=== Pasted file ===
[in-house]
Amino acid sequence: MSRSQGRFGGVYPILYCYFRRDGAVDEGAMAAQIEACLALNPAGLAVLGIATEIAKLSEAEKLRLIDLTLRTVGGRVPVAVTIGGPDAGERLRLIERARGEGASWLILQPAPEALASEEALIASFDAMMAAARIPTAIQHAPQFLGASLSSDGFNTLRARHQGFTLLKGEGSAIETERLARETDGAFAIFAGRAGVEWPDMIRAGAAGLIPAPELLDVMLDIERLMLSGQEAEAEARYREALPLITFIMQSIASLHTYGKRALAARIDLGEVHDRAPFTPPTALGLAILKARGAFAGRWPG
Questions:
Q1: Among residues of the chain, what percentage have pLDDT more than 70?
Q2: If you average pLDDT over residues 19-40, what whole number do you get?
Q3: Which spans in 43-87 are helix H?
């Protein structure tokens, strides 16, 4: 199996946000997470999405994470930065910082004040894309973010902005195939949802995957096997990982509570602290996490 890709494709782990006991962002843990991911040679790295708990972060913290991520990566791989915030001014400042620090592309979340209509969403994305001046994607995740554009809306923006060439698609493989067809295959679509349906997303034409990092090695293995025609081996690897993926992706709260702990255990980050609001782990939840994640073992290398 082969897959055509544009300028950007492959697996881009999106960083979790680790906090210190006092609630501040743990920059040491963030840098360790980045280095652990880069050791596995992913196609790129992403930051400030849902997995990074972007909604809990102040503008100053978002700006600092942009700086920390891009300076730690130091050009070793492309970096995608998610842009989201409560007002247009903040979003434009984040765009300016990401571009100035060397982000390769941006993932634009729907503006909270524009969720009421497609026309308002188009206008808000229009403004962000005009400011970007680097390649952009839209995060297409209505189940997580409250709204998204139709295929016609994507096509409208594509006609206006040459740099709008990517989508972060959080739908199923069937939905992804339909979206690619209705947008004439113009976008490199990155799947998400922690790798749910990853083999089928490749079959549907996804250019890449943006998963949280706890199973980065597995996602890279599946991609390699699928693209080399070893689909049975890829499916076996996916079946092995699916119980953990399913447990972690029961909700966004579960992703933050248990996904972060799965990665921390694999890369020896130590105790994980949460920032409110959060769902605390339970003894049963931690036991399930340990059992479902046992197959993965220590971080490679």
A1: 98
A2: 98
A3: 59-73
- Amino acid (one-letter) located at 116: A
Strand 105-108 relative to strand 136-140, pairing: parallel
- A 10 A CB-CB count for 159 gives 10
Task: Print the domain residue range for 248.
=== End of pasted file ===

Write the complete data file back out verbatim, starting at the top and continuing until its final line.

[in-house]
Amino acid sequence: MSRSQGRFGGVYPILYCYFRRDGAVDEGAMAAQIEACLALNPAGLAVLGIATEIAKLSEAEKLRLIDLTLRTVGGRVPVAVTIGGPDAGERLRLIERARGEGASWLILQPAPEALASEEALIASFDAMMAAARIPTAIQHAPQFLGASLSSDGFNTLRARHQGFTLLKGEGSAIETERLARETDGAFAIFAGRAGVEWPDMIRAGAAGLIPAPELLDVMLDIERLMLSGQEAEAEARYREALPLITFIMQSIASLHTYGKRALAARIDLGEVHDRAPFTPPTALGLAILKARGAFAGRWPG
Questions:
Q1: Among residues of the chain, what percentage have pLDDT more than 70?
Q2: If you average pLDDT over residues 19-40, what whole number do you get?
Q3: Which spans in 43-87 are helix H?
């Protein structure tokens, strides 16, 4: 199996946000997470999405994470930065910082004040894309973010902005195939949802995957096997990982509570602290996490 890709494709782990006991962002843990991911040679790295708990972060913290991520990566791989915030001014400042620090592309979340209509969403994305001046994607995740554009809306923006060439698609493989067809295959679509349906997303034409990092090695293995025609081996690897993926992706709260702990255990980050609001782990939840994640073992290398 082969897959055509544009300028950007492959697996881009999106960083979790680790906090210190006092609630501040743990920059040491963030840098360790980045280095652990880069050791596995992913196609790129992403930051400030849902997995990074972007909604809990102040503008100053978002700006600092942009700086920390891009300076730690130091050009070793492309970096995608998610842009989201409560007002247009903040979003434009984040765009300016990401571009100035060397982000390769941006993932634009729907503006909270524009969720009421497609026309308002188009206008808000229009403004962000005009400011970007680097390649952009839209995060297409209505189940997580409250709204998204139709295929016609994507096509409208594509006609206006040459740099709008990517989508972060959080739908199923069937939905992804339909979206690619209705947008004439113009976008490199990155799947998400922690790798749910990853083999089928490749079959549907996804250019890449943006998963949280706890199973980065597995996602890279599946991609390699699928693209080399070893689909049975890829499916076996996916079946092995699916119980953990399913447990972690029961909700966004579960992703933050248990996904972060799965990665921390694999890369020896130590105790994980949460920032409110959060769902605390339970003894049963931690036991399930340990059992479902046992197959993965220590971080490679």
A1: 98
A2: 98
A3: 59-73
- Amino acid (one-letter) located at 116: A
Strand 105-108 relative to strand 136-140, pairing: parallel
- A 10 A CB-CB count for 159 gives 10
Task: Print the domain residue range for 248.